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African Cup of Nations: A look at Group C

JOHANNESBURG — A look at the teams, key players and coaches in Group C at the African Cup of Nations:

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IVORY COAST

The defending champions are without a couple of big names from two years ago, none bigger than former captain Yaya Toure, who has retired from international soccer. Also, coach Herve Renard, who won with Zambia in 2012 and Ivory Coast in 2015, is now in charge of Morocco. Those two absences mean the Ivorians are not outright favourites like they were last tournament, but it's still a very good team and a strong contender.

KEY PLAYER: Wilfried Zaha

The 24-year-old Zaha represents the new generation and although he's only made two appearances for the national team, he's had a major impact. He set up a goal on debut and scored in his second game, a 3-0 win over Uganda this week. The winger is a former England youth international who switched allegiance back to his country of birth late last year and was immediately called up by Ivory Coast.

COACH: Michel Dussuyer

Dussuyer had the tough task of taking over from Renard, the popular coach who led Ivory Coast to its first continental title in 23 years. Dussuyer's Ivory Coast was subdued in qualifying and the Frenchman will have to deal with the retirements of the experienced Toure brothers Yaya and Kolo. He still has a large amount of talent to call on.

BEST RESULT: Winner, 1992 and 2015.

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CONGO

A big surprise at the last African Cup of Nations when it finished third. Congo was once a power in African soccer with two titles in the 1960s and 1970s, but the team fell on hard times. It's back now and the 2017 squad has a strong contingent of players in top European leagues. Congo, with unmistakable sky blue shirts and diagonal red stripes, will sorely miss injured Everton winger Yannick Bolassie, though, its most creative player.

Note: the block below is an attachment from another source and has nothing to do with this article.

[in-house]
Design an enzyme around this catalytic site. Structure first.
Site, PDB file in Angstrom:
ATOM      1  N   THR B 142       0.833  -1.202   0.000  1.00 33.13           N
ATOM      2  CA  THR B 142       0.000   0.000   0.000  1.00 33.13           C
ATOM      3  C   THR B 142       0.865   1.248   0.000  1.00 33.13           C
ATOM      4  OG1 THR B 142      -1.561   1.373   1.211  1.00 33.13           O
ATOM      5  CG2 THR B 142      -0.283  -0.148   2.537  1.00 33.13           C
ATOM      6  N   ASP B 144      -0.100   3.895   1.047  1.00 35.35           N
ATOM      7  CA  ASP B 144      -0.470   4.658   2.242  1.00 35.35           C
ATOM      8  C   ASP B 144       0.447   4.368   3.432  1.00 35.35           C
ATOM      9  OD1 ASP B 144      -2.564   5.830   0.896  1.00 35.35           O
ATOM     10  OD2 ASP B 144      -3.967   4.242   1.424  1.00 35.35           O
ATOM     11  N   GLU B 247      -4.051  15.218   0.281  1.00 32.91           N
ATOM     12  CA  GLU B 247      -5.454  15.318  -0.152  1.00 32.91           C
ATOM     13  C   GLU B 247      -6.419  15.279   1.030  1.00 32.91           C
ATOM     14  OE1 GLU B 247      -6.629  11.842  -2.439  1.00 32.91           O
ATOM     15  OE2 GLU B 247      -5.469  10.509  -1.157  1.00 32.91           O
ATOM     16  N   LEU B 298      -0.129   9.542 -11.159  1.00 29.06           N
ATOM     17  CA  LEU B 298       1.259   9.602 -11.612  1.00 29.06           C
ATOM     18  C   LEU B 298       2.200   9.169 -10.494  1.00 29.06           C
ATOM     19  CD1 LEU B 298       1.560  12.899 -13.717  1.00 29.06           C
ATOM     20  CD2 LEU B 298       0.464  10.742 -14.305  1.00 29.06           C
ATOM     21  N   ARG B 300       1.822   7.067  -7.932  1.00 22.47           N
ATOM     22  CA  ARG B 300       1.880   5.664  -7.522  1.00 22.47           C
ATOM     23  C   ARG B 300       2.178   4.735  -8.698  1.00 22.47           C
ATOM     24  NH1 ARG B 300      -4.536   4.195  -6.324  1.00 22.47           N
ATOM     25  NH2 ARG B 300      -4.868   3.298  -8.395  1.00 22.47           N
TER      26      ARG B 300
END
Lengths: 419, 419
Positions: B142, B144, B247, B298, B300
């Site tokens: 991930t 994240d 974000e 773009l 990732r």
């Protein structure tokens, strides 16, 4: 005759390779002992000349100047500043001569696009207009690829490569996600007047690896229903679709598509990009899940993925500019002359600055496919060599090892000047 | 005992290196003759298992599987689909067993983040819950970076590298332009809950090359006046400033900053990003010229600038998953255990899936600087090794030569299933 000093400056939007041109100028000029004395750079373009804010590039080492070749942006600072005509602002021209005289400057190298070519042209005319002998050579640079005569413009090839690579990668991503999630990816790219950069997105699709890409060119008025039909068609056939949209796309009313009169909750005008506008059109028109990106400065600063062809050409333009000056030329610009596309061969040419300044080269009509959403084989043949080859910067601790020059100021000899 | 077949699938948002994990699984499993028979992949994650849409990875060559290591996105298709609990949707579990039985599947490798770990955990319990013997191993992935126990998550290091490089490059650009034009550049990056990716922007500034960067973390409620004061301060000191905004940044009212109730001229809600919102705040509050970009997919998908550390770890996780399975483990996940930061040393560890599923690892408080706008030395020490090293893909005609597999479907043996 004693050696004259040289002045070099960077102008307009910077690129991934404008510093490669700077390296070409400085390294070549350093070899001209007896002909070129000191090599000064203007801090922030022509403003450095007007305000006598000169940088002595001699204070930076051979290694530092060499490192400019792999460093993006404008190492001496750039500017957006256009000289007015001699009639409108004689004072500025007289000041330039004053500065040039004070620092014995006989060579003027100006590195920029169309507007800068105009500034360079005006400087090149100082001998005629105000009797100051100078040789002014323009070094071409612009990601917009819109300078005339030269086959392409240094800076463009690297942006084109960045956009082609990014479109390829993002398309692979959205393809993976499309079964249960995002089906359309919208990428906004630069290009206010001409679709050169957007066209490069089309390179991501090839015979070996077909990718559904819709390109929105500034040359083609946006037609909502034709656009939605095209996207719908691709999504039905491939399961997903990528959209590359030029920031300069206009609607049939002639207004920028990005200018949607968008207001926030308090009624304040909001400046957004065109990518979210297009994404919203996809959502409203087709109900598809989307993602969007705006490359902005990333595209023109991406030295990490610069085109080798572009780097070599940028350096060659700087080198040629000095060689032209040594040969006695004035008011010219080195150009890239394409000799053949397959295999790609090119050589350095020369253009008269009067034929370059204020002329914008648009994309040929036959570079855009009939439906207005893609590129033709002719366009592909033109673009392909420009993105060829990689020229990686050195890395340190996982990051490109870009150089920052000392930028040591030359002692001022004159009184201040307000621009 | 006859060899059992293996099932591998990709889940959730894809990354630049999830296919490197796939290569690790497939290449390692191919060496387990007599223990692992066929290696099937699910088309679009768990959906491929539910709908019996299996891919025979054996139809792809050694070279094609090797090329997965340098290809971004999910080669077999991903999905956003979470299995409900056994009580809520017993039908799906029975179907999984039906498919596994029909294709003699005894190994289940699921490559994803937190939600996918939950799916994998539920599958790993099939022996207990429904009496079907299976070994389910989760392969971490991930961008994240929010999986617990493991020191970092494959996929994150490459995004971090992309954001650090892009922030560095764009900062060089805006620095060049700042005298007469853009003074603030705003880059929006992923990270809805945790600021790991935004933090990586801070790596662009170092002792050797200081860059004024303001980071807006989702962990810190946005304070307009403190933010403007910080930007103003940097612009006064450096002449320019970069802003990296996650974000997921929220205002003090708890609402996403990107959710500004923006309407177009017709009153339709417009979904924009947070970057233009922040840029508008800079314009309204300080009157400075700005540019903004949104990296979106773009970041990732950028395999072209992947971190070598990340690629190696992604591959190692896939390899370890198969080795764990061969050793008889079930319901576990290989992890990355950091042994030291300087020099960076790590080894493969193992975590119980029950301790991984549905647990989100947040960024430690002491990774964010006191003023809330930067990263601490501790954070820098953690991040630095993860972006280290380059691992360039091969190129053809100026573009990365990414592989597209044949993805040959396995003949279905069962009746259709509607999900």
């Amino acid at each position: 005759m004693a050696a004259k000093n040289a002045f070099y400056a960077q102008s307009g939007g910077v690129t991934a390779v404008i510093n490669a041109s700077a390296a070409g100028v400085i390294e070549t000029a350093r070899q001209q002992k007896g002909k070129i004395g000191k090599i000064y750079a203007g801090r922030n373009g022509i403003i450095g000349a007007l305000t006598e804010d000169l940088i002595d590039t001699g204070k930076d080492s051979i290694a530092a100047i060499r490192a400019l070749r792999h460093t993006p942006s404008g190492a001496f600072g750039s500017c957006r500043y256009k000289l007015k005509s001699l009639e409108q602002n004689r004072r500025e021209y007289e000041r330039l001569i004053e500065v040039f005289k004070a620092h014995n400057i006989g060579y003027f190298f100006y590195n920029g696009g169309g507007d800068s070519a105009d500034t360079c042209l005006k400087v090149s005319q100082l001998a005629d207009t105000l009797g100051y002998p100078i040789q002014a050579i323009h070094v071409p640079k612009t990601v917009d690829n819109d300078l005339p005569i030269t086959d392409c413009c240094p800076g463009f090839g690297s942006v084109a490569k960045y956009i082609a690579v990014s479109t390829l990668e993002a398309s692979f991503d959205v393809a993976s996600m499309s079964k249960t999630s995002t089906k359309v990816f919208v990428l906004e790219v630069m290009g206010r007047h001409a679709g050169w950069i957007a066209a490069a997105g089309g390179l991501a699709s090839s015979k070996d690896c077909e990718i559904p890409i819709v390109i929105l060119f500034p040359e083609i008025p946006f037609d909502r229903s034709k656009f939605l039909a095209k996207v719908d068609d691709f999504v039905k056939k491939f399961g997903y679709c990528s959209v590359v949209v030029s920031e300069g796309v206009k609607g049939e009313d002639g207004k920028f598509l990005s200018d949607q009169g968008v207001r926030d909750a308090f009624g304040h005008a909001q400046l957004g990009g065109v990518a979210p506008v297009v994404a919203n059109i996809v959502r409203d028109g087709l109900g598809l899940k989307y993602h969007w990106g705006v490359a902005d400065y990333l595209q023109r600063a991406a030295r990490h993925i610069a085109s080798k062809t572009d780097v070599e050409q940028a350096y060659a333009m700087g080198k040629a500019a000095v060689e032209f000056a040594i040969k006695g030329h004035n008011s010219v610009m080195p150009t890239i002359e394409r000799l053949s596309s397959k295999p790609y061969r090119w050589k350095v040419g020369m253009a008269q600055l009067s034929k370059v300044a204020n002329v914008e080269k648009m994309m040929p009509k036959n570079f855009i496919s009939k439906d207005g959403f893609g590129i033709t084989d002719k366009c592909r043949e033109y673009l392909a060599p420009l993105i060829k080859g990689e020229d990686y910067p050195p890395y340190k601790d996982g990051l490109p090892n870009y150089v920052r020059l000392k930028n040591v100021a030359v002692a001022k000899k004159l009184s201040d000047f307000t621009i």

KEY PLAYER: Dieudonne Mbokani

Without Bolassie, there's more pressure on the centre forward to ensure Congo scores goals. Mbokani is his country's top scorer.

COACH: Florent Ibenge

Ibenge is a rarity, a black African coach taking charge of a national team. He's one of only four black coaches at Africa's 16-team tournament. Ibenge won praise for the way he led Congo at the African Cup two years ago and coached the country to triumph at last year's African Nations Championship, the continent's tournament for home-based players.

BEST RESULT: Winner, 1968 and 1974 (as Zaire).

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MOROCCO

Morocco's hopes took a big hit when midfielders Younes Belhanda, Oussama Tannane and Nordin Amrabat, and now this week forward Sofiane Boufal, were all ruled out with injury, stripping the squad of many of its top players. That seriously reduced its chances of going far, with Morocco struggling at recent African Cups anyway. Not only has Morocco not won a title since 1976, it hasn't got out of the group stage in its last four African Cups.

KEY PLAYERS: Mehdi Benatia and Nabil Dirar

In the absence of so many stars, it's now up to Juventus defender Benatia and Monaco midfielder Dirar to hold the team together.

COACH: Herve Renard

Morocco's biggest asset is its coach. The charismatic Frenchman has had the golden touch at the African Cup recently, taking Zambia to a shock triumph in 2012 and ending Ivory Coast's long drought to win two out of the last three titles. Renard is bidding to become the first coach in the history of the tournament to win three titles with different teams.

BEST RESULT: Winner, 1976.

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TOGO

Togo is expected to struggle at this tournament, even with striker Emmanuel Adebayor back in the squad. Like Morocco, its one saving grace could be its coach, Claude le Roy. He has managed in Africa since 1985, taken teams to eight African Cups, and has reached the quarterfinals seven times.

KEY PLAYER: Emmanuel Adebayor

Adebayor so often represents Togo's hopes. When he is playing poorly, or arguing with coaches, Togo often loses. When the former Arsenal and Manchester City striker is on form, Togo is a much better, much happier team.

COACH: Claude le Roy

Le Roy has acquired the nickname "White Wizard" in his 30 years managing African teams. Unmistakable with his flowing blonde hair and spectacles, he has a habit of working wonders with less-fancied teams, as he did to take Republic of Congo to the quarterfinals two years ago. Togo will need all of his wisdom.

BEST RESULT: Quarterfinals, 2013.

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